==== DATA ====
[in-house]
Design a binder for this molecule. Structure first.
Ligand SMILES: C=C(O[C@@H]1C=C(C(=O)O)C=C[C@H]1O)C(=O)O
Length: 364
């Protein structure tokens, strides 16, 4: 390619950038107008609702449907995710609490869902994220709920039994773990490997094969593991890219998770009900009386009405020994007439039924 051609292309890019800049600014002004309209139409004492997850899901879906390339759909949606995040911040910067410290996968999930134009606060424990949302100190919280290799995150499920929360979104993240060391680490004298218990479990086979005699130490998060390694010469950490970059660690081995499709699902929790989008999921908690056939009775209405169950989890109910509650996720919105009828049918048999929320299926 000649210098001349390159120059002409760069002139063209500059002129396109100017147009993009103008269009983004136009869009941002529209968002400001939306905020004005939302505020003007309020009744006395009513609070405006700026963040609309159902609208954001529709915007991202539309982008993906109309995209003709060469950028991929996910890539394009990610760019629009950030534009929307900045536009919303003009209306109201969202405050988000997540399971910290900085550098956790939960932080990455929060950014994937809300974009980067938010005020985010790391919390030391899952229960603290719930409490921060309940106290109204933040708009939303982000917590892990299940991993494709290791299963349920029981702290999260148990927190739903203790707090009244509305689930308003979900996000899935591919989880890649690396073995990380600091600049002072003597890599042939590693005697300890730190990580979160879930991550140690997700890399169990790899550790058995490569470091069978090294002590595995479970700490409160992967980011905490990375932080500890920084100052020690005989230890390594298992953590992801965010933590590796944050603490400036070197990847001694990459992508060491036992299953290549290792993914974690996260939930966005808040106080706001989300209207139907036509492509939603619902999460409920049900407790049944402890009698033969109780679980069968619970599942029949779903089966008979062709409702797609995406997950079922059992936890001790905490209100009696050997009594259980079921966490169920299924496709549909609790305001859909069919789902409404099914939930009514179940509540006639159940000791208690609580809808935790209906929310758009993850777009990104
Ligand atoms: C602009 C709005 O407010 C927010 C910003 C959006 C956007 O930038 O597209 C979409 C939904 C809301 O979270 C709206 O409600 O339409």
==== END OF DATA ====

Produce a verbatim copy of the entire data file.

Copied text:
[in-house]
Design a binder for this molecule. Structure first.
Ligand SMILES: C=C(O[C@@H]1C=C(C(=O)O)C=C[C@H]1O)C(=O)O
Length: 364
């Protein structure tokens, strides 16, 4: 390619950038107008609702449907995710609490869902994220709920039994773990490997094969593991890219998770009900009386009405020994007439039924 051609292309890019800049600014002004309209139409004492997850899901879906390339759909949606995040911040910067410290996968999930134009606060424990949302100190919280290799995150499920929360979104993240060391680490004298218990479990086979005699130490998060390694010469950490970059660690081995499709699902929790989008999921908690056939009775209405169950989890109910509650996720919105009828049918048999929320299926 000649210098001349390159120059002409760069002139063209500059002129396109100017147009993009103008269009983004136009869009941002529209968002400001939306905020004005939302505020003007309020009744006395009513609070405006700026963040609309159902609208954001529709915007991202539309982008993906109309995209003709060469950028991929996910890539394009990610760019629009950030534009929307900045536009919303003009209306109201969202405050988000997540399971910290900085550098956790939960932080990455929060950014994937809300974009980067938010005020985010790391919390030391899952229960603290719930409490921060309940106290109204933040708009939303982000917590892990299940991993494709290791299963349920029981702290999260148990927190739903203790707090009244509305689930308003979900996000899935591919989880890649690396073995990380600091600049002072003597890599042939590693005697300890730190990580979160879930991550140690997700890399169990790899550790058995490569470091069978090294002590595995479970700490409160992967980011905490990375932080500890920084100052020690005989230890390594298992953590992801965010933590590796944050603490400036070197990847001694990459992508060491036992299953290549290792993914974690996260939930966005808040106080706001989300209207139907036509492509939603619902999460409920049900407790049944402890009698033969109780679980069968619970599942029949779903089966008979062709409702797609995406997950079922059992936890001790905490209100009696050997009594259980079921966490169920299924496709549909609790305001859909069919789902409404099914939930009514179940509540006639159940000791208690609580809808935790209906929310758009993850777009990104
Ligand atoms: C602009 C709005 O407010 C927010 C910003 C959006 C956007 O930038 O597209 C979409 C939904 C809301 O979270 C709206 O409600 O339409």